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Irritating & grating phrases and words used in the work place

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  • rick_chaseyrick_chasey Posts: 51,978 Lives Here
    bobmcstuff wrote:
    I do often find the euphemisms for pay odd.

    "Compensation" or "remuneration". I mean, grammatically they're correct, but what everyone means is "pay".

    "What's your compensation at the moment" as opposed to "how much were you paid last year?"


    People react differently to those two questions.

    IME compensation and remuneration seem to be expanded to include non-cash rewards? Usually accompanied by "package" - remuneration package etc.. Whereas pay is usually just cash, no?

    Probably an element of BS too.

    Mainly BS, but yes.

    Let me put it this way. On the rare occasion I've said "how much were you paid?" there's a bit of shock on the other side of the table. Not so when i've asked for their compensation.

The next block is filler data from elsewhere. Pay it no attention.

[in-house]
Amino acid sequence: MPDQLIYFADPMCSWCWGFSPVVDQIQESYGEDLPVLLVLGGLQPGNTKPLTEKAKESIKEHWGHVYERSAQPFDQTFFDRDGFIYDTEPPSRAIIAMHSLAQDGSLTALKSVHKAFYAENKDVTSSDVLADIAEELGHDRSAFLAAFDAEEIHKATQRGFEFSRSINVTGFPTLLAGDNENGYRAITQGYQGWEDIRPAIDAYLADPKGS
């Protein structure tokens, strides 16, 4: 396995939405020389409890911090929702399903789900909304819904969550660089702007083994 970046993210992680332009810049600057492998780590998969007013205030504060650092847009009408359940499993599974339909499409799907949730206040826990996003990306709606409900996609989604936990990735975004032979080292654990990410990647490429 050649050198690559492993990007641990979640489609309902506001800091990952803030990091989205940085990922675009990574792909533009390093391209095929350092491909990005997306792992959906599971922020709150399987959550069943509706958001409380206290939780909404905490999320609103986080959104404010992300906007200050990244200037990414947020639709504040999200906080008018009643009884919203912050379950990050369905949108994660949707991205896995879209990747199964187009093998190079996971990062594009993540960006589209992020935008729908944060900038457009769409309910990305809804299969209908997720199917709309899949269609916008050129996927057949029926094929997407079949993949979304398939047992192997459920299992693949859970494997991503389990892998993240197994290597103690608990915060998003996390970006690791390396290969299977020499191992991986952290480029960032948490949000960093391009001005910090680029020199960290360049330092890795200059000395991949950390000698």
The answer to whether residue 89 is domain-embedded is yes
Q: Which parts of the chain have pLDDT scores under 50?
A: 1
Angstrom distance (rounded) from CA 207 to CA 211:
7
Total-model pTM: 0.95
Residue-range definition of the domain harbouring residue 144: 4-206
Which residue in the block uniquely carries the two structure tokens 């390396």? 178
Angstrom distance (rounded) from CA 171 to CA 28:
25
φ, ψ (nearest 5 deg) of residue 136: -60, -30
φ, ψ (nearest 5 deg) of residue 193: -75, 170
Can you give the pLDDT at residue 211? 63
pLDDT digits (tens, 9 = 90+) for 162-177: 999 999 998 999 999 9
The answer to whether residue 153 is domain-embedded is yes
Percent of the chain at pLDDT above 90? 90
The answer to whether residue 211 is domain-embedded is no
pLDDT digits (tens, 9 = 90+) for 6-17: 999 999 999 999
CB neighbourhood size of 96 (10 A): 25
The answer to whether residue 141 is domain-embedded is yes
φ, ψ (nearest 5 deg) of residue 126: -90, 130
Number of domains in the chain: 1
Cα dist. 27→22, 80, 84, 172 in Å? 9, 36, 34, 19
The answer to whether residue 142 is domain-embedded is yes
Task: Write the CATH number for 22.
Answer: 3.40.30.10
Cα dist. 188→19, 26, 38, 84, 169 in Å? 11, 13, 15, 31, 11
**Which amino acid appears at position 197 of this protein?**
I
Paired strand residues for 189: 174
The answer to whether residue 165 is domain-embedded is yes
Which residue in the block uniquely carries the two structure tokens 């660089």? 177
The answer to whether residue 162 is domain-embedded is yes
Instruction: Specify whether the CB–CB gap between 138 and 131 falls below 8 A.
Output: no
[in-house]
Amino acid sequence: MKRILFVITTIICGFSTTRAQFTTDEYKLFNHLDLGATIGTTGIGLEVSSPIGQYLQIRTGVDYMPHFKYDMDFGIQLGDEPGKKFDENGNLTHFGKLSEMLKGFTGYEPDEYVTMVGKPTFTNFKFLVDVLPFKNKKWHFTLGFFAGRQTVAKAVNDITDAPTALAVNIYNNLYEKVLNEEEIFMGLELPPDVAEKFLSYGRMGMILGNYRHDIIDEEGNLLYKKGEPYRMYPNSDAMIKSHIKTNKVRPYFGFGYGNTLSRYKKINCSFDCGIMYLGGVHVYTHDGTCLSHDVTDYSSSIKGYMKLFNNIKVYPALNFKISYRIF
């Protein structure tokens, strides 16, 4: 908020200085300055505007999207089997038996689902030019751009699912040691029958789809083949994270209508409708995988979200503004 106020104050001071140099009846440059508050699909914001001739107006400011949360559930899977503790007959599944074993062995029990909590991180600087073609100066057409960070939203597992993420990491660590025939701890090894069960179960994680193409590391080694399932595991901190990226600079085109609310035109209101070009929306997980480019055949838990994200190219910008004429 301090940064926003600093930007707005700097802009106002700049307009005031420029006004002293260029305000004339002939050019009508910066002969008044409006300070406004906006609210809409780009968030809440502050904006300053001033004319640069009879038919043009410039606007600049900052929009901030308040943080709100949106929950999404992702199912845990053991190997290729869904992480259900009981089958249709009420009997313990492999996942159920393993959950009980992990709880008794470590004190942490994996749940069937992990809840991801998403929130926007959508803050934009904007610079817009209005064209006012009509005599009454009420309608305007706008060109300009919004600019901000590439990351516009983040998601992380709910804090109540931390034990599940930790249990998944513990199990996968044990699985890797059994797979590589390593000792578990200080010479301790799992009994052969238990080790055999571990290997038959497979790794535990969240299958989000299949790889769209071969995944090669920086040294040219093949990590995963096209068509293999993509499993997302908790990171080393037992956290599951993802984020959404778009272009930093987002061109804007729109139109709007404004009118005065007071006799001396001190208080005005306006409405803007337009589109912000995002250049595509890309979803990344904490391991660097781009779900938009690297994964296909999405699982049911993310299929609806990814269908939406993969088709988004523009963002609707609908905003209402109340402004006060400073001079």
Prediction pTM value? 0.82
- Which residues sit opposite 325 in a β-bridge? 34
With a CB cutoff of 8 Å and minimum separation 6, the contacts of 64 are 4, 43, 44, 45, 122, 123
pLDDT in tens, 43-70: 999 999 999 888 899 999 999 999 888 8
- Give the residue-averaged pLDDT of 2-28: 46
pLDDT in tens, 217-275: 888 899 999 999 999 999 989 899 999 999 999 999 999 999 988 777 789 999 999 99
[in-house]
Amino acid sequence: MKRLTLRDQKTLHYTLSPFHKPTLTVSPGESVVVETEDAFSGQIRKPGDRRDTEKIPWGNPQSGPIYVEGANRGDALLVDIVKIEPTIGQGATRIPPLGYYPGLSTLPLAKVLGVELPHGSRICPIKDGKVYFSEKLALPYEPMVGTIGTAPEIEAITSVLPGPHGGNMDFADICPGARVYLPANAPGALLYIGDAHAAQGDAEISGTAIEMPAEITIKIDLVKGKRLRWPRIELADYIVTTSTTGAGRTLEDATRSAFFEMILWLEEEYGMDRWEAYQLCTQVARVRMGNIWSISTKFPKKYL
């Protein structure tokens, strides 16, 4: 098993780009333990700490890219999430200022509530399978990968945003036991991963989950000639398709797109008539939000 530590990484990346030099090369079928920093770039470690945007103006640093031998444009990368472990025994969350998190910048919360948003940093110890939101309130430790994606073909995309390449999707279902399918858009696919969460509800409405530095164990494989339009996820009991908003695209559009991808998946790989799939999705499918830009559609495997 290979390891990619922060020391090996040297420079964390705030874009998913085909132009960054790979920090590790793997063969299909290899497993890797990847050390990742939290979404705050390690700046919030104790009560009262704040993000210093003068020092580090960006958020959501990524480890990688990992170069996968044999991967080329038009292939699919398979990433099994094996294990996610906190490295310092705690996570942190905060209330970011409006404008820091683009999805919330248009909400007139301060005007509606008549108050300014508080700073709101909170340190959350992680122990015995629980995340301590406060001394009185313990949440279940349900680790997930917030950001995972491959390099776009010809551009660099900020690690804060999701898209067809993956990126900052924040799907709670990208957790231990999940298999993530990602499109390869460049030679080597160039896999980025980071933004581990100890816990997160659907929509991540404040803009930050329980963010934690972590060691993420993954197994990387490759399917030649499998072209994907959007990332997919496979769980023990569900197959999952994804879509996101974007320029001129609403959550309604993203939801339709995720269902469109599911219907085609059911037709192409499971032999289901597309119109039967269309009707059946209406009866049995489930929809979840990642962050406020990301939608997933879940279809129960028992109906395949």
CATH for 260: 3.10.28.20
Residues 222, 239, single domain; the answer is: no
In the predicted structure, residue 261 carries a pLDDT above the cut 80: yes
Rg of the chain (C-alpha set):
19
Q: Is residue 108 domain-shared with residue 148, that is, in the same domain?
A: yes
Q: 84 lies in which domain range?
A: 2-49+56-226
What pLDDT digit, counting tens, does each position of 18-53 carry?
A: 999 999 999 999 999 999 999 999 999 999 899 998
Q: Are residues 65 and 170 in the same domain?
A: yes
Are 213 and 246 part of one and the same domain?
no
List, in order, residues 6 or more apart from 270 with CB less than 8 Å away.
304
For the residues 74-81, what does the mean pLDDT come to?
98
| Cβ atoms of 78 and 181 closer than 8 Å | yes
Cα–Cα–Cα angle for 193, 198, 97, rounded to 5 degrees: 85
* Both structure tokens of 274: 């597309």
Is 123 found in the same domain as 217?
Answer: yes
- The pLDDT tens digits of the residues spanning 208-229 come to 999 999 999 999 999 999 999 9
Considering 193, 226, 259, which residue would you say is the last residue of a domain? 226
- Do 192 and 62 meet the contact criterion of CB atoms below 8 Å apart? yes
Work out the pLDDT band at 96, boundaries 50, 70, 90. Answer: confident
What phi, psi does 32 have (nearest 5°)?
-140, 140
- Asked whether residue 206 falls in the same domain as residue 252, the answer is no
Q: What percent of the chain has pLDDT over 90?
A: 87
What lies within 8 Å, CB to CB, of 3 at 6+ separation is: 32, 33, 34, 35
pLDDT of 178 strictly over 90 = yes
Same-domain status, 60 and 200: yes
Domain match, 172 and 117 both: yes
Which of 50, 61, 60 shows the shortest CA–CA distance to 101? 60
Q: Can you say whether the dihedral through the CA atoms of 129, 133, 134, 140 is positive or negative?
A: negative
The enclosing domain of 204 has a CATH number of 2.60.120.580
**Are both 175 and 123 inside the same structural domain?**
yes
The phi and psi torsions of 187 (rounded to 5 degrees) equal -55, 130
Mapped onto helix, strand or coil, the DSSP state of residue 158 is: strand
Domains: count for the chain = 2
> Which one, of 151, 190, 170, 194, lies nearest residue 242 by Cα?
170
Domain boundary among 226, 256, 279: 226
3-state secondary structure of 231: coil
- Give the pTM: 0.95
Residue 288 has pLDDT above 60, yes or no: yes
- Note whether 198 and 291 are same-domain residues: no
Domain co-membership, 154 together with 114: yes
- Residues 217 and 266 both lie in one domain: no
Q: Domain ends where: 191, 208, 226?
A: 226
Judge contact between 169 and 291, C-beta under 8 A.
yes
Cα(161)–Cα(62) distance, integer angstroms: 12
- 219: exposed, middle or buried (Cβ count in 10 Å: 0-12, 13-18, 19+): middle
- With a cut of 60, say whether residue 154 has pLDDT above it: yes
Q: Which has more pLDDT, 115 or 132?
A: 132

It's all smoke & mirrors.
  • mr_goomr_goo Posts: 3,757
    I had to berate Mrs Goo this afternoon for using a very irritating phrase and out of work too.
    " Can I borrow you for a minute "

    Shame on her.
    Always be yourself, unless you can be Aaron Rodgers....Then always be Aaron Rodgers.
  • pblakeneypblakeney Posts: 13,887
    Mr Goo wrote:
    I had to berate Mrs Goo this afternoon for using a very irritating phrase and out of work too.
    " Can I borrow you for a minute "

    Shame on her.
    Just a minute?
    Shame on you. :lol::lol::lol:
    The above may be fact, or fiction, I may be serious, I may be jesting.
    I am not sure. You have no chance.
    veronese68 wrote:
    PB is the most sensible person on here.
  • Garry HGarry H Posts: 6,614
    "Wake up Garry!" Is the one phrase that i hate.
  • bbrapbbrap Posts: 620
    "The elephant in the room", nope, never seen one, unless they meant the fat mare in the corner eating all the biscuits. Thank censored I left that all behind when I retired, 36 years was plenty enough corporate bullshit.
    Rose Xeon CDX 3100, Ultegra Di2 disc (nice weather)
    Ribble Gran Fondo, Campagnolo Centaur (winter bike)
    Van Raam 'O' Pair